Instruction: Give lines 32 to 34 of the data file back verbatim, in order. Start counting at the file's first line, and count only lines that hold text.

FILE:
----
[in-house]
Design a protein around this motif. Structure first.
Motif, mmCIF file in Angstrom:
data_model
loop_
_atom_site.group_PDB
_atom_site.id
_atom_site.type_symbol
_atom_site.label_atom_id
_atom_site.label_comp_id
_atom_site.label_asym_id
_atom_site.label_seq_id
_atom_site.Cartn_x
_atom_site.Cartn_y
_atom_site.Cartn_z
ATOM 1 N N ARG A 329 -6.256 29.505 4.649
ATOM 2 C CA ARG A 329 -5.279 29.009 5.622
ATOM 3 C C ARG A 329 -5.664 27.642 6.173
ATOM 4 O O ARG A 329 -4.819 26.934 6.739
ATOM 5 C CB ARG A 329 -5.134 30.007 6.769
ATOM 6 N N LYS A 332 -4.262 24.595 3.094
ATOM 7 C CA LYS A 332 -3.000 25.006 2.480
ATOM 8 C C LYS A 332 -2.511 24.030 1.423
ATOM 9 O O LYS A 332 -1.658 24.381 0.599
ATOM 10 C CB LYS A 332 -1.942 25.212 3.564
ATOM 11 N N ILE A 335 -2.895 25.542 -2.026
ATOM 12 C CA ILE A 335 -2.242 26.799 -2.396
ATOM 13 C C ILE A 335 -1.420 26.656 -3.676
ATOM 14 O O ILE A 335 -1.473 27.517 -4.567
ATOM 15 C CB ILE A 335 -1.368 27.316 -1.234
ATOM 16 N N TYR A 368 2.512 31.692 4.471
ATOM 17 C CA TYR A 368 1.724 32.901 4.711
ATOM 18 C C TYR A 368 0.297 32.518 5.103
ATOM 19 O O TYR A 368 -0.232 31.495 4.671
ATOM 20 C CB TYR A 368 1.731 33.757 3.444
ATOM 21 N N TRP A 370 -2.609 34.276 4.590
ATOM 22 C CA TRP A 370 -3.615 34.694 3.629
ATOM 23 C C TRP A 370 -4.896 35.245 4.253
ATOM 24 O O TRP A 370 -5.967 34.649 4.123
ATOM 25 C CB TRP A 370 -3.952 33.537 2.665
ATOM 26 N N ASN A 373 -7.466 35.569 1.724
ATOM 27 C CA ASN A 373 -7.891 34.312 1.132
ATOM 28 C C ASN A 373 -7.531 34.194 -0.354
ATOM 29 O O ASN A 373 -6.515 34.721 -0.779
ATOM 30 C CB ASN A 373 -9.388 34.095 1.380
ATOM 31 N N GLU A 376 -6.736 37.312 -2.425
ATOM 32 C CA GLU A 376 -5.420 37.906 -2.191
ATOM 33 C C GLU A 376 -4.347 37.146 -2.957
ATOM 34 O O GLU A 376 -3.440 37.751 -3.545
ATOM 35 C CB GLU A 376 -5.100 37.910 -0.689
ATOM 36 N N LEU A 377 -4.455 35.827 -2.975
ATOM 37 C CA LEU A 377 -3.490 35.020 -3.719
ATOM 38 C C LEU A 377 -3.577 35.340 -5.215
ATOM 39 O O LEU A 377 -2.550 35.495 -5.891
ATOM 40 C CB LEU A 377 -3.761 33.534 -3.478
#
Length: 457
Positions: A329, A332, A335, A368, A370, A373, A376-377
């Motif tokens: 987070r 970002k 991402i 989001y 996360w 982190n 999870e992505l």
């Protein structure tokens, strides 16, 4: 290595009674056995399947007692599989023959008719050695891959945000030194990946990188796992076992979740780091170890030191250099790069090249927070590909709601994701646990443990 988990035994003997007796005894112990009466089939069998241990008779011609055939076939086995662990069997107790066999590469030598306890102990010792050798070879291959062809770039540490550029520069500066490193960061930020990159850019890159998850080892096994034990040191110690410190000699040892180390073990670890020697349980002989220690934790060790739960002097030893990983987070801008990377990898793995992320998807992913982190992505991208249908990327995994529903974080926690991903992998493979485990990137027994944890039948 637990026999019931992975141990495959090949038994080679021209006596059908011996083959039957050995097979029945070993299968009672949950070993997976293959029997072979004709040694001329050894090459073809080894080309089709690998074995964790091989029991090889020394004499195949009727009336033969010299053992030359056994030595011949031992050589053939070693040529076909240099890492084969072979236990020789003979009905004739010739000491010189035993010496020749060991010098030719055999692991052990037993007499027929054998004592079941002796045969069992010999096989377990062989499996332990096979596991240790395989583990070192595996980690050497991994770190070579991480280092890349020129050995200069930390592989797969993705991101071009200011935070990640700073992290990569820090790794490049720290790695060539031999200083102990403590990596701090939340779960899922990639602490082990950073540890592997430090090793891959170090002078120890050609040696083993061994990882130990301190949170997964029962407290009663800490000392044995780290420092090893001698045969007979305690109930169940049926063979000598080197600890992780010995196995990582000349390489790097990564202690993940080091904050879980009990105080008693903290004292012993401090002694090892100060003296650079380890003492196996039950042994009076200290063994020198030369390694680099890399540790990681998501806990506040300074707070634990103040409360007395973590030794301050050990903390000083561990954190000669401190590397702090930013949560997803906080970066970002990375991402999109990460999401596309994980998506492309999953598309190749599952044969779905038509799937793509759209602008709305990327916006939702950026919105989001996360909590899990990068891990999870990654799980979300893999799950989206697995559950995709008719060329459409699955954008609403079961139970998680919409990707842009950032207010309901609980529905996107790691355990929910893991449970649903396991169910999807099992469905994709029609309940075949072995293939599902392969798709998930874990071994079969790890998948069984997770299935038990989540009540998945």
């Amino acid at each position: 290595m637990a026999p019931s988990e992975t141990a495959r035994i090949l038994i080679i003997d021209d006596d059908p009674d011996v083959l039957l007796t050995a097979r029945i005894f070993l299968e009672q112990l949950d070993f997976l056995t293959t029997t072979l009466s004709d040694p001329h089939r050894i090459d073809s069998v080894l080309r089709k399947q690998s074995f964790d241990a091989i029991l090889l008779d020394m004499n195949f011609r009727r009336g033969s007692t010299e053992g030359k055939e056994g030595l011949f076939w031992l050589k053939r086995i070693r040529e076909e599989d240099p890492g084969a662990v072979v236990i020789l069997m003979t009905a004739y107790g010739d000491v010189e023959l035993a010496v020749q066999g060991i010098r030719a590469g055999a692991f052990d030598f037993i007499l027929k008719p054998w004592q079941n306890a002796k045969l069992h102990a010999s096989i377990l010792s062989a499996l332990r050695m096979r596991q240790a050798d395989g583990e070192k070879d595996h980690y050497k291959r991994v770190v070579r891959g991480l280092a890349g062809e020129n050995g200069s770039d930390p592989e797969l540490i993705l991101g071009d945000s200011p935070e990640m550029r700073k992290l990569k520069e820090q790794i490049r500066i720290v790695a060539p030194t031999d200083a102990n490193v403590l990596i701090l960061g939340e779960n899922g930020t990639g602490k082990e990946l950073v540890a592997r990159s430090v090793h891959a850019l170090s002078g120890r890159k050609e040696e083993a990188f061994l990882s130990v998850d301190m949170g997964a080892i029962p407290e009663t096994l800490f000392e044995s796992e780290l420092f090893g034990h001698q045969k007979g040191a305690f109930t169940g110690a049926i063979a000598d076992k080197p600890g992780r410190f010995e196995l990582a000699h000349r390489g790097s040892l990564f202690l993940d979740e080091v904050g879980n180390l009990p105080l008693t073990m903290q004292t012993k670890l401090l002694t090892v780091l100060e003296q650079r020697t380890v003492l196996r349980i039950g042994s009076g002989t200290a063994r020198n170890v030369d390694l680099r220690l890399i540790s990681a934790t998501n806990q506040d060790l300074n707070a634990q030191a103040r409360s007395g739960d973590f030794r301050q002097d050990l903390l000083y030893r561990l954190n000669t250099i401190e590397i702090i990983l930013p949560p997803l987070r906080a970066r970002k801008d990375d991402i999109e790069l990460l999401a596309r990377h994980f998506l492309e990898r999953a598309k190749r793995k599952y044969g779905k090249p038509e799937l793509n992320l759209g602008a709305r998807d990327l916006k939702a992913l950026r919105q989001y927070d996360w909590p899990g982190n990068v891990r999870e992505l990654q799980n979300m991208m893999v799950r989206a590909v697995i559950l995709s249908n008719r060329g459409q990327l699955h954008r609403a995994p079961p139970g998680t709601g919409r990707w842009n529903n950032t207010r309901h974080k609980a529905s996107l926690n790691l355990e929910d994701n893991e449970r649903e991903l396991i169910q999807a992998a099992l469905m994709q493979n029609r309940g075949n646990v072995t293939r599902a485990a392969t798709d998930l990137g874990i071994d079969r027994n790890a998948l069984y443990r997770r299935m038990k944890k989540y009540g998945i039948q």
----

ATOM 17 C CA TYR A 368 1.724 32.901 4.711
ATOM 18 C C TYR A 368 0.297 32.518 5.103
ATOM 19 O O TYR A 368 -0.232 31.495 4.671